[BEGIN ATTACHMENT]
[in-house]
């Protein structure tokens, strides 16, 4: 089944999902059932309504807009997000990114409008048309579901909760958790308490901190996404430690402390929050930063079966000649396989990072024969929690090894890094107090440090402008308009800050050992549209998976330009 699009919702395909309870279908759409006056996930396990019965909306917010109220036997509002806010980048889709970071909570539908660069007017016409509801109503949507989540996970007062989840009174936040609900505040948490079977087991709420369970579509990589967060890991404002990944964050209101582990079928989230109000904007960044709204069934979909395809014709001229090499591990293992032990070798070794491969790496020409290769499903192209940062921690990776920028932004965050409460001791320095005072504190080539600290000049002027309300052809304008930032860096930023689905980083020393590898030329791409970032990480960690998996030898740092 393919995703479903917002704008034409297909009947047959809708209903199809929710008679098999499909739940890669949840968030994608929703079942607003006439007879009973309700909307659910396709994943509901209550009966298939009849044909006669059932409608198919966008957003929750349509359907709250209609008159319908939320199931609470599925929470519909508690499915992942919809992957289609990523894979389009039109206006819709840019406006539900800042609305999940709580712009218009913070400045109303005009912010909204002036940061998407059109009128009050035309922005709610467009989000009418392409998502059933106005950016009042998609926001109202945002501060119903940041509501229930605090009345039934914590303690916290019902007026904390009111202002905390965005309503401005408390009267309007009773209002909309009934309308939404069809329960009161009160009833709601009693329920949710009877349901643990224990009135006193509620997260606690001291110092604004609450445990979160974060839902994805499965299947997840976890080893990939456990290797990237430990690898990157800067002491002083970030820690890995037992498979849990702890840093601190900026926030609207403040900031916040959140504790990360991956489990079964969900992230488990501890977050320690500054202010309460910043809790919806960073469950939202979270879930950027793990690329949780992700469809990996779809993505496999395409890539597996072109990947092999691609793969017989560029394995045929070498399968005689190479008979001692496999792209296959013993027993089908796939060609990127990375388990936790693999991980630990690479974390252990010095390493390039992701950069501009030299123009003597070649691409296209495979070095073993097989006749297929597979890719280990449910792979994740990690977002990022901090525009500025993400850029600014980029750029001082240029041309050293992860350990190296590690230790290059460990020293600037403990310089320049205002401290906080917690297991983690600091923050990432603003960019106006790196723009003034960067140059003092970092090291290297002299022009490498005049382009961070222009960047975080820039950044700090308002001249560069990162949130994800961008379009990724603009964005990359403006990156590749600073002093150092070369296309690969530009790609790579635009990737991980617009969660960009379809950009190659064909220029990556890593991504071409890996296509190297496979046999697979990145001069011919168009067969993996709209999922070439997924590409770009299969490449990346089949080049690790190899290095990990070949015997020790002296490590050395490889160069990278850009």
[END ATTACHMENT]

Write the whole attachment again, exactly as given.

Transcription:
[in-house]
């Protein structure tokens, strides 16, 4: 089944999902059932309504807009997000990114409008048309579901909760958790308490901190996404430690402390929050930063079966000649396989990072024969929690090894890094107090440090402008308009800050050992549209998976330009 699009919702395909309870279908759409006056996930396990019965909306917010109220036997509002806010980048889709970071909570539908660069007017016409509801109503949507989540996970007062989840009174936040609900505040948490079977087991709420369970579509990589967060890991404002990944964050209101582990079928989230109000904007960044709204069934979909395809014709001229090499591990293992032990070798070794491969790496020409290769499903192209940062921690990776920028932004965050409460001791320095005072504190080539600290000049002027309300052809304008930032860096930023689905980083020393590898030329791409970032990480960690998996030898740092 393919995703479903917002704008034409297909009947047959809708209903199809929710008679098999499909739940890669949840968030994608929703079942607003006439007879009973309700909307659910396709994943509901209550009966298939009849044909006669059932409608198919966008957003929750349509359907709250209609008159319908939320199931609470599925929470519909508690499915992942919809992957289609990523894979389009039109206006819709840019406006539900800042609305999940709580712009218009913070400045109303005009912010909204002036940061998407059109009128009050035309922005709610467009989000009418392409998502059933106005950016009042998609926001109202945002501060119903940041509501229930605090009345039934914590303690916290019902007026904390009111202002905390965005309503401005408390009267309007009773209002909309009934309308939404069809329960009161009160009833709601009693329920949710009877349901643990224990009135006193509620997260606690001291110092604004609450445990979160974060839902994805499965299947997840976890080893990939456990290797990237430990690898990157800067002491002083970030820690890995037992498979849990702890840093601190900026926030609207403040900031916040959140504790990360991956489990079964969900992230488990501890977050320690500054202010309460910043809790919806960073469950939202979270879930950027793990690329949780992700469809990996779809993505496999395409890539597996072109990947092999691609793969017989560029394995045929070498399968005689190479008979001692496999792209296959013993027993089908796939060609990127990375388990936790693999991980630990690479974390252990010095390493390039992701950069501009030299123009003597070649691409296209495979070095073993097989006749297929597979890719280990449910792979994740990690977002990022901090525009500025993400850029600014980029750029001082240029041309050293992860350990190296590690230790290059460990020293600037403990310089320049205002401290906080917690297991983690600091923050990432603003960019106006790196723009003034960067140059003092970092090291290297002299022009490498005049382009961070222009960047975080820039950044700090308002001249560069990162949130994800961008379009990724603009964005990359403006990156590749600073002093150092070369296309690969530009790609790579635009990737991980617009969660960009379809950009190659064909220029990556890593991504071409890996296509190297496979046999697979990145001069011919168009067969993996709209999922070439997924590409770009299969490449990346089949080049690790190899290095990990070949015997020790002296490590050395490889160069990278850009």